Monday, November 13, 2006

Spinous Process

Spinous process: The protrusion down the center of the back (red in the picture). It is the bone you can feel when running your hands down your back. Unless you are Jack, in which case your spinous process runs along the left side of your back about 3 inches off center (and that is "corrected").

As you may remember, Jack had this area on his back that was protruding and it had me worried. We saw the local ortho and he said it was the spinous process. Over time, the area of protrusion has become longer and more protruding. We are now dealing with an open (broken skin) pressure sore. Not good! Pressure sores could lead to infection, which could lead to sepsis, which could lead to .... well, you get the picture.

So the question is, did we just trade one set of problems for another? Here is a kid with this area on his back that is clearly susceptible to skin breakdown. This area will always be up against something, whether it be his wheelchair or the bed. Are we now going to spend the rest of Jack's life fighting off pressure sores? Does it EVER end? (other than the obvious end.) These, of course, are rhetorical questions. I don't even know which doctor I need to discuss this with. I guess I could start with the pediatrician. I've a mind to lay it in the lap of the orthopedic surgeon, but I'm sure he'll just toss it into someone else's lap.

Sorry for the lousy update, but I'm in a lousy mood and it's only Monday. Thanks for checking in on us.

I suppose I'd better re-read my previous post and change my attitude, eh?

Melisande and Sharon -- Jack is never in his body brace. He only needs to wear it when he is out of bed. Why get him out of bed if he still must lay completely flat because the brace goes to his mid-thigh? There's no reason to get him out of bed just to put him in a body brace. The only time he wears his body brace is to go to doctor's appointments. The pressure sores are simply from laying on the boney area that is sticking out. Thanks for your thoughts!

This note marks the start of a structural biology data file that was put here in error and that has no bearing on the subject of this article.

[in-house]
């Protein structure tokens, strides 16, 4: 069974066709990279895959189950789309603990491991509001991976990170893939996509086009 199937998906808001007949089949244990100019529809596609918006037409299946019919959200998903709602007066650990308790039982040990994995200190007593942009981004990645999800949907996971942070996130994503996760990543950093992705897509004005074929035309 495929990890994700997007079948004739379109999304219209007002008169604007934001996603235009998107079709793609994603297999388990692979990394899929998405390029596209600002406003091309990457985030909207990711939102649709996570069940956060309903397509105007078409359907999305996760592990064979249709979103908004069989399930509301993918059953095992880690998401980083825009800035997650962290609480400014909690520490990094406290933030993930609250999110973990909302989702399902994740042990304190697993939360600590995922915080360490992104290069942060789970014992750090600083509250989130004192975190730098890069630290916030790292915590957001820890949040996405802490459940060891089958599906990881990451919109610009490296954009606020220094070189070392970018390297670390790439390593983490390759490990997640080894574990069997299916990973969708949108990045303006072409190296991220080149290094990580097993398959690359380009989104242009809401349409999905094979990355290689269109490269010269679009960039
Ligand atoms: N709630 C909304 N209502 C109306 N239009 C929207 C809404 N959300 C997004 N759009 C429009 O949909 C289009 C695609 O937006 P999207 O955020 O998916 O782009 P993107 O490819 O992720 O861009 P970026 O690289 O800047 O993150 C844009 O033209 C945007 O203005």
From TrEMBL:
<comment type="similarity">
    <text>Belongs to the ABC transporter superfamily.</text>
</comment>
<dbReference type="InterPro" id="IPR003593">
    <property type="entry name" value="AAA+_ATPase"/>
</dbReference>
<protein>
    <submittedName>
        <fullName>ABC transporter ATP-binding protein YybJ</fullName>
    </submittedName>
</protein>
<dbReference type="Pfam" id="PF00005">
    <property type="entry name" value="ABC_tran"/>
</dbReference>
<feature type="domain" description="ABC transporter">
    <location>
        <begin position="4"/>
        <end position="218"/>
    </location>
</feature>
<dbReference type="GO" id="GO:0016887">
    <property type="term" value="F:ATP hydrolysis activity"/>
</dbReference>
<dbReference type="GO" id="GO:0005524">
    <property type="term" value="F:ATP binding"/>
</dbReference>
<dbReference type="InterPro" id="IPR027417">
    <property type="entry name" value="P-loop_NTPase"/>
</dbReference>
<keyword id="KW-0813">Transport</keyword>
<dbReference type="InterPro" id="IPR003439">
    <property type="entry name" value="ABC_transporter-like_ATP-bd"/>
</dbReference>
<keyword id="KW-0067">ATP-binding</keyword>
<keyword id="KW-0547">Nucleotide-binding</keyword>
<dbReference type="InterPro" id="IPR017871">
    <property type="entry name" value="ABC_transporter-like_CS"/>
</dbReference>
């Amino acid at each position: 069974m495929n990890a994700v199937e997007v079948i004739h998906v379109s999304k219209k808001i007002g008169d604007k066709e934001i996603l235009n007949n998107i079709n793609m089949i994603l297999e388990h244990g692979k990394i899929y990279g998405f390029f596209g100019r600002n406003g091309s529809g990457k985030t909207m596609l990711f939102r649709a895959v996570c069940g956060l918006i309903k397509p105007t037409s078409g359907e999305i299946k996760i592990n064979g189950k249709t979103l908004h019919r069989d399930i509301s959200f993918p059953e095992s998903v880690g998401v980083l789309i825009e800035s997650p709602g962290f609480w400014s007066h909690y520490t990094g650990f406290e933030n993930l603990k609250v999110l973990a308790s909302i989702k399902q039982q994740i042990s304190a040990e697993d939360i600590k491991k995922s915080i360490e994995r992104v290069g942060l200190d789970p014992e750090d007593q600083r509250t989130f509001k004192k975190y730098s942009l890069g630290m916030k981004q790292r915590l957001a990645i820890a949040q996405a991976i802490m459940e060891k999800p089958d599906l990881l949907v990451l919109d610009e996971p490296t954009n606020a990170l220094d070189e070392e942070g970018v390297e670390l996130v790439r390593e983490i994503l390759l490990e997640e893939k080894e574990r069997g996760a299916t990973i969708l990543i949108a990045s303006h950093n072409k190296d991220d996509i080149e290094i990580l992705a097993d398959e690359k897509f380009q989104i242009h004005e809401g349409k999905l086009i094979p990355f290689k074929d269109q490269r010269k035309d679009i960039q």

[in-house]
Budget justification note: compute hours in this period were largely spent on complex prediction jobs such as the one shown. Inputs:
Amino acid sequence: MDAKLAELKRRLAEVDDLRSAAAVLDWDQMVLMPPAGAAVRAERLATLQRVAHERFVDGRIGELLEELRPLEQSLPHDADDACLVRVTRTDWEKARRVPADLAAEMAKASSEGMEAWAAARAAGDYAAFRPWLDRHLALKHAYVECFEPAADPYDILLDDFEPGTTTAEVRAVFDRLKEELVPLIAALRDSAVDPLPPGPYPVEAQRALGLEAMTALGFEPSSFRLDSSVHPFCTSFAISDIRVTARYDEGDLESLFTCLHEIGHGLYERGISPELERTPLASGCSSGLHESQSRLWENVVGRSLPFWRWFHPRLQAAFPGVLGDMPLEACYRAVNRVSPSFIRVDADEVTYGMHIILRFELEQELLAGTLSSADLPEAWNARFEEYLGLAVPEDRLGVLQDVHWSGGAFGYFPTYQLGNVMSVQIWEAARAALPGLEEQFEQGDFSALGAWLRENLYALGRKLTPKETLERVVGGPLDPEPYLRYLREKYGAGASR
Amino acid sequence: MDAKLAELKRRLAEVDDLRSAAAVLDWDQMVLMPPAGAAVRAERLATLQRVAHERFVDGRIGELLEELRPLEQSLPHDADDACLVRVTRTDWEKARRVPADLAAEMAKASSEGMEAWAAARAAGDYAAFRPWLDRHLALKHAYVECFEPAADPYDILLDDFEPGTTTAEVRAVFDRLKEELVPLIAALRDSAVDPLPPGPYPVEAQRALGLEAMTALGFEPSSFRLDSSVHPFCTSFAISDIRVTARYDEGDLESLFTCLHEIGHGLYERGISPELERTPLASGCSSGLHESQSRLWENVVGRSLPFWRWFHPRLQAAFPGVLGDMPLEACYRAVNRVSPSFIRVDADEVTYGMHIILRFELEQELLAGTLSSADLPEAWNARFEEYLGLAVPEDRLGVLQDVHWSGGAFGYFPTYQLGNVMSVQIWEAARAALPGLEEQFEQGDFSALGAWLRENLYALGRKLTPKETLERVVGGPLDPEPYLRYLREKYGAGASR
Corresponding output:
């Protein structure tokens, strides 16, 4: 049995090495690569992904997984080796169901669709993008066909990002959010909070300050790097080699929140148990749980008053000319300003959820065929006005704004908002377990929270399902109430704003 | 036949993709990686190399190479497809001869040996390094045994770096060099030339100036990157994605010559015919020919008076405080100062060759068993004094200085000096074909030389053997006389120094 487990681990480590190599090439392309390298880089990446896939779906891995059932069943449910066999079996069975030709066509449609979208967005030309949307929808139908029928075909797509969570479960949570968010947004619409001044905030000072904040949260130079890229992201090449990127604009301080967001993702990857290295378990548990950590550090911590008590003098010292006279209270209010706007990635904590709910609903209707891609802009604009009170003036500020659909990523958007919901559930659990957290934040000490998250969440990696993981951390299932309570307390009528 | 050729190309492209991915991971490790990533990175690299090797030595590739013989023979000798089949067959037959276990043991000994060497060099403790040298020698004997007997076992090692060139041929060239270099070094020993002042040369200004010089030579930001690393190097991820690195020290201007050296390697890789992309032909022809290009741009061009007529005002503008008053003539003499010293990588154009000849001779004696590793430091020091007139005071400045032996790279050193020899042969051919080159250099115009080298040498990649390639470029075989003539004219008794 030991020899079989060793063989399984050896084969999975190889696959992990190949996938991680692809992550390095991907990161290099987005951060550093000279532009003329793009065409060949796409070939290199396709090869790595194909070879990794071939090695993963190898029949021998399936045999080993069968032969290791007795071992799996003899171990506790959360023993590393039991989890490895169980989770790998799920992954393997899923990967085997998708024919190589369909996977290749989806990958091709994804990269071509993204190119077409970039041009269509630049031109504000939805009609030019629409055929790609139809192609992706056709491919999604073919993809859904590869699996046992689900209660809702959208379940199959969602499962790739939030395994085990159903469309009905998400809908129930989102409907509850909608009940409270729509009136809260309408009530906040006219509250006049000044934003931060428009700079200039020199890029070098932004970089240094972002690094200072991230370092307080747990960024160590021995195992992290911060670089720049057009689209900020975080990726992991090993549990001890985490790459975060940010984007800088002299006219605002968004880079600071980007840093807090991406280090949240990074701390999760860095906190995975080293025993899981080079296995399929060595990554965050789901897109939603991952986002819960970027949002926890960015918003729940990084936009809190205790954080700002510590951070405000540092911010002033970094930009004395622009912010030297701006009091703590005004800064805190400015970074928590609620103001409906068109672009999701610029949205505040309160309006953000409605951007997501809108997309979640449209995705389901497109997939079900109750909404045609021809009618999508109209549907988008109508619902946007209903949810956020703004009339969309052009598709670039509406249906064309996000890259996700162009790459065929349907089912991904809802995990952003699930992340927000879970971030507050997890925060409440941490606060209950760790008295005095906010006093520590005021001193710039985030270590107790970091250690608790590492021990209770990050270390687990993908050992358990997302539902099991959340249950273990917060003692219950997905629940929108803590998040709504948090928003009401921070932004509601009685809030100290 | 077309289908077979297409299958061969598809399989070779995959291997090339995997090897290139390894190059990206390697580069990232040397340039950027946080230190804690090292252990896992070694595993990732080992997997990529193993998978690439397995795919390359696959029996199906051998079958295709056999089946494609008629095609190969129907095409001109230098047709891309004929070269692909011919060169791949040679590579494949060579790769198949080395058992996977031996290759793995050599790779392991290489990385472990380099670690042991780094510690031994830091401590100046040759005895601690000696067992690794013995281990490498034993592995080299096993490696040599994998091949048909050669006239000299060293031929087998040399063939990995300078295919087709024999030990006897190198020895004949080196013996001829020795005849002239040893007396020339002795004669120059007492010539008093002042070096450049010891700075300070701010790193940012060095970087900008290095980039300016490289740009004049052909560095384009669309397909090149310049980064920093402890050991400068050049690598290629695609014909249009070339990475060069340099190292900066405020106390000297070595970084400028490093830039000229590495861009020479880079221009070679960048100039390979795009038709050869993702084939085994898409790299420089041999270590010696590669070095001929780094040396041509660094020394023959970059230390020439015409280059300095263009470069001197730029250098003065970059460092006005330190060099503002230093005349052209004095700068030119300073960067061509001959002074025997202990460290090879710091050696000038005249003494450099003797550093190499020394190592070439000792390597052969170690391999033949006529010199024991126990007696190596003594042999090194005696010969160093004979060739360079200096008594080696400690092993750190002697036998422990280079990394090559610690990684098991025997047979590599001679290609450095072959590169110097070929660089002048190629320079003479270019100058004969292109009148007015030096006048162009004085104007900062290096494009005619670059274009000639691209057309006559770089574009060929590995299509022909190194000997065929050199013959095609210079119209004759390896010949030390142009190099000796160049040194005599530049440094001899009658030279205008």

Melisande said...

No, Ann, you have every right to feel what you feel about Jack. Pressure sores are pretty common in people who are unable to get around. Not that it makes it any better, but they are manageable.

Is Jack still wearing the body brace? Do you think that may be some of the cause?

{{Hugs}} Ann. {{Hugs}} to Jack too!

I'm glad you have this blog so we can all keep up with you and Jack.

Anonymous said...

Hugs to you my friend. So sorry that Jack is having to go thru this and that YOU are having to go thru this as well. :(


Sharon said...

Hang in there Ann. Hannah wears the TLSO body brace for scoliosis and wound up with a pressure sore, right on her tail bone. We were right on it, the pediatrician ordered a wound care specialist to come out and deal with it. She came and we 1.used duoderm and tegraderm(sp?) dressings over it, 2.made a cut out on her brace(very important since that was rubbing on the bone and caused the prob in the first place!), and 3.positioned left to right side only for a while.Not sure about that one for Jack who has to be on his back a while more, right? It has totally cleared up. Sorry you have to deal with this now, and poor Jack! Just be aggressive with it and you will have good outcome. Hugs, Sharon

julie worthington said...

Oh Ann, poor Jack, and poor you. I hope you can get this resolved, pressures sores can be so painful. You are right to feel fed up with all this. Hope the ped or ortho doc can resolve this quickly.

((((HUGS)))) to you all

Karen said...

Ann...I would throw it back to your ortho. Did your ortho do any test to be sure that it isnt hardware gone awry? I would "strongly suggest" to the doctor that he needs a diagnostic test that would conclusively show that it really is a spinous process....
If that was already done, Im so sorry, it bums me out. : (

Anonymous said...


I'm so sorry that Jack is developing pressure sores and that you can see this being a continual problem. I wish I had advice or better yet a magic wand.

Lots of hugs and prayers, Sandra

Cindy said...

A bit of practical advice. When I did geriatrics years ago, I battled pressure areas a lot in that population. One thing we used was something called "rest on". This is foam pad that's sticky on one side. It can be cut to any size and also you can cut a hole for the bony area. This helps to relieve the pressure on the skin over the bone. It's easy to apply and also comes off easily. I would also get Jack a memory foam mattress or at least a pad to cover his mattress, if he doesn't have one already.